The manipulative skills of Zardari that Pakistanis recognise as "highly successful" in keeping him and the PPP in power have alienated many in government, and even in his party. Even at this moment, while the men around him are paying the price, Zardari himself has managed to stay out of the legal loop, at least until a prime minister writes to the Swiss, and the Swiss agree to provide the necessary information to the Pakistan courts. Seems very much like the Bofors or black money trail that Indian governments have pursued over decades with little to no results!

Democracy in Pakistan has been taking knocks, over and over again. The desire of the people has been countered several times by the Army through direct rule; and now by this unseemly row between the pillars of democracy over a president who has refused to step down and allow the law to take its course. It is interesting to note that there is little to no questioning in the Pakistan media about Zardari and what he should do to restore the rule of law and with it levels of democracy in Pakistan.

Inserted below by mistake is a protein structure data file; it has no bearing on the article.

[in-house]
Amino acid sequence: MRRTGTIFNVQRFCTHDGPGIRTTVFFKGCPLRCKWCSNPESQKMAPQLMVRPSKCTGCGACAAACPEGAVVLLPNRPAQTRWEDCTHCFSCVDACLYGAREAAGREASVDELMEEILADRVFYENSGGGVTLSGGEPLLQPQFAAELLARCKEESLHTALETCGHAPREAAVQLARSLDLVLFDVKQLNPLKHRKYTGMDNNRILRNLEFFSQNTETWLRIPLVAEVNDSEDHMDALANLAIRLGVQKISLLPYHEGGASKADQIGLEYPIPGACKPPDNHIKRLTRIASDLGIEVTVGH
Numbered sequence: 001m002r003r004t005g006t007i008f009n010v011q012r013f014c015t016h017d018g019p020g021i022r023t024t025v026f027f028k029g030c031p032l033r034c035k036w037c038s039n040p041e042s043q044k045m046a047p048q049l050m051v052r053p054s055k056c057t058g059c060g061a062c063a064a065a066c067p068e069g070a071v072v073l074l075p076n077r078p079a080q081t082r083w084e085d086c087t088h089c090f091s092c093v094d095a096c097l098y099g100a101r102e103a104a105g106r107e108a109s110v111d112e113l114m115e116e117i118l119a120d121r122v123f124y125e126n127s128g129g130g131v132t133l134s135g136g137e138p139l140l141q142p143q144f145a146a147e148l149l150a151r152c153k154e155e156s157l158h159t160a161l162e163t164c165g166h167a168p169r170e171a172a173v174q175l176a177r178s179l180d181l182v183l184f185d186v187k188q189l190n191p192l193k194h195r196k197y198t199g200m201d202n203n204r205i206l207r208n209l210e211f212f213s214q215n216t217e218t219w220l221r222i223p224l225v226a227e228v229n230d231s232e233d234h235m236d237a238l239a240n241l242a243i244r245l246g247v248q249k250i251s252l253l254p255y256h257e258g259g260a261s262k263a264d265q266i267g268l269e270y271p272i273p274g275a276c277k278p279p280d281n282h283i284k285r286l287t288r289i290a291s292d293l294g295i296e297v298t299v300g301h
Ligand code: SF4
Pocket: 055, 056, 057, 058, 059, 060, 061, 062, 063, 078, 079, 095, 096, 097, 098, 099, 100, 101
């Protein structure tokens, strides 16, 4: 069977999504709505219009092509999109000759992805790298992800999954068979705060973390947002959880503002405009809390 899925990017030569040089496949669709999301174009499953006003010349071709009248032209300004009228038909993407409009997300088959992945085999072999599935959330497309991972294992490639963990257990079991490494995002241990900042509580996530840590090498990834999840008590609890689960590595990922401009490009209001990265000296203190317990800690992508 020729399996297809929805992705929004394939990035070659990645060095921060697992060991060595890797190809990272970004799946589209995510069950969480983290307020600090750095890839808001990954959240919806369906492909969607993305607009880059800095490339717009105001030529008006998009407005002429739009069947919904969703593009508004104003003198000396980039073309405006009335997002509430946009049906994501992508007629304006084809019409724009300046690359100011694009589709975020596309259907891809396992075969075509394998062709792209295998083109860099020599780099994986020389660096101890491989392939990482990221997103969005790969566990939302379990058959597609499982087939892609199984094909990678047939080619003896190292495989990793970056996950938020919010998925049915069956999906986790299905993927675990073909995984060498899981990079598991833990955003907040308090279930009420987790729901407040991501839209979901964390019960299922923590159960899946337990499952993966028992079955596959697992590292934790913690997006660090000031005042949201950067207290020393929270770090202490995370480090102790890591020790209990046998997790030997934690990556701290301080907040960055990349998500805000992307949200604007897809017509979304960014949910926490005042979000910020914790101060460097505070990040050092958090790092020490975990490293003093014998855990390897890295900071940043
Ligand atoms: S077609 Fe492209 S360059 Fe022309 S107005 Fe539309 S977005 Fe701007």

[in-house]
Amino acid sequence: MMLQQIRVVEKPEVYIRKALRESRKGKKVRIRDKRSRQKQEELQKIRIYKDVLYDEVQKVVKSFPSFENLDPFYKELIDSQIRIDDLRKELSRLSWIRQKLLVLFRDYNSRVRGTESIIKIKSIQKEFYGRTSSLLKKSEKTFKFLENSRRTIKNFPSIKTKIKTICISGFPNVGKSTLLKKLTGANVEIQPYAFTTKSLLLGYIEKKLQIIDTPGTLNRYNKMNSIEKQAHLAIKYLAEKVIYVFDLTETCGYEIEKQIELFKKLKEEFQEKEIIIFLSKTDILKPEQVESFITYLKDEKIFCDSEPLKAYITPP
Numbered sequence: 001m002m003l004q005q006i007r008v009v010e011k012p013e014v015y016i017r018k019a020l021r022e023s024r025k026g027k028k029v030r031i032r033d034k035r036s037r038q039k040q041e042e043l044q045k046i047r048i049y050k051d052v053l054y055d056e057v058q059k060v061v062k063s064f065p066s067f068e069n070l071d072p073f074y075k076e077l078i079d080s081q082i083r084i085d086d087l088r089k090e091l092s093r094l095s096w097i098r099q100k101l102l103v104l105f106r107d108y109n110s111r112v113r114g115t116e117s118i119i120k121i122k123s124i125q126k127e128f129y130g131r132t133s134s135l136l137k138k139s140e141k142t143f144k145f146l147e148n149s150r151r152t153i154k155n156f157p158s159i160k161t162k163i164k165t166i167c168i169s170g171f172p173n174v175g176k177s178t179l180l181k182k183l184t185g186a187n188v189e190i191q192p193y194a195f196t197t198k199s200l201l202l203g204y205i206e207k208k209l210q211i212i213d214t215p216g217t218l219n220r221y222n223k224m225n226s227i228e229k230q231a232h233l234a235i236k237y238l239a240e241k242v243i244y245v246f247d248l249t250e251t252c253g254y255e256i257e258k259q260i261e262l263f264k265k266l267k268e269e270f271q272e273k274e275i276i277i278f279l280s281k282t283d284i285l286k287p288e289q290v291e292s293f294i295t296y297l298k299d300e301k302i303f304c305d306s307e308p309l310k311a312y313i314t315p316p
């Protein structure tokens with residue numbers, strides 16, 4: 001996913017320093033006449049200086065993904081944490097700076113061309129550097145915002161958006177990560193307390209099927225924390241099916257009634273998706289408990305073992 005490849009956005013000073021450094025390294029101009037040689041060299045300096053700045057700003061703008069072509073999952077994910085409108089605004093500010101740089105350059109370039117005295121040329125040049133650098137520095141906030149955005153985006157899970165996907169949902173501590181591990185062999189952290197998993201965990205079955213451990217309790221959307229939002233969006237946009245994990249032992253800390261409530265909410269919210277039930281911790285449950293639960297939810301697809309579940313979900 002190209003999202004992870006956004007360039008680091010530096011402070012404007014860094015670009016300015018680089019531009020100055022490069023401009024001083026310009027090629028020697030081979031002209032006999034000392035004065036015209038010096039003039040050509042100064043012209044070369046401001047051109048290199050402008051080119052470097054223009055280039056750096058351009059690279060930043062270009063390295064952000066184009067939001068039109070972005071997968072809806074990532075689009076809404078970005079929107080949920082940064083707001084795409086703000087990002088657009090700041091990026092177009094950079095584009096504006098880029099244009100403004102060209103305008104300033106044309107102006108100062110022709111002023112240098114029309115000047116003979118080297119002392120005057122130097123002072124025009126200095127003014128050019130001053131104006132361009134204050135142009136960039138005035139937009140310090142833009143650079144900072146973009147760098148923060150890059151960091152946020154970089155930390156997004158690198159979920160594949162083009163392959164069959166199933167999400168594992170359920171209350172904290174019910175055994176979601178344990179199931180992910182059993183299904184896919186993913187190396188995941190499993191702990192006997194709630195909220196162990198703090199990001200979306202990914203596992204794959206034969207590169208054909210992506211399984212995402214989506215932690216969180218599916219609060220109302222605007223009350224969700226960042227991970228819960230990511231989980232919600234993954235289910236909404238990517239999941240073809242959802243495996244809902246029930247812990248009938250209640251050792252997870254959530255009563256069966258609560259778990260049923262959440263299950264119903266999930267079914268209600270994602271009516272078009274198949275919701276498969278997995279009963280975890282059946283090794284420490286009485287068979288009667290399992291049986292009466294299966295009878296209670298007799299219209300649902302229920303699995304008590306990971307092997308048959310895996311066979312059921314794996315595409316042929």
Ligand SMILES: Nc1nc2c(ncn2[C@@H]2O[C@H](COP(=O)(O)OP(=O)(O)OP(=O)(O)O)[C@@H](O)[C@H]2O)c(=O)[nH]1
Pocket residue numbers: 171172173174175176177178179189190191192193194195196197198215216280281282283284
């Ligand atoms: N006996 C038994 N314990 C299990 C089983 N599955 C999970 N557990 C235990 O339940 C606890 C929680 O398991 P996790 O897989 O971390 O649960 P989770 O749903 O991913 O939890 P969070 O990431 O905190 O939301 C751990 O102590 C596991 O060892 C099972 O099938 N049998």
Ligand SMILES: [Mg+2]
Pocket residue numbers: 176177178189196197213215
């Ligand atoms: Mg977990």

Instead, even leading luminaries have got involved in the judiciary versus executive debate, with the latter now threatening to take the matter to the legislature as it has in the recent past. Articles about the role of the judiciary etc have appeared in the media, but while it is important to have a debate as we have here in India over the role of the judiciary or judicial activism as many call it, it is also important to understand the reasons for the row, and what can be done for smoother functioning of these important institutions.

President Zardari seems to be the main obstacle in the way of smooth executive-judiciary relations. He is certainly part of the problem, and not the solution that will emerge on its own if he removes himself from the seat of power. But then this is highly unlikely, and being possessed of manipulative skills he is still moving the pawns in a bid to out-manipulate the judiciary in this game of nerves and power.

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Seema Mustafa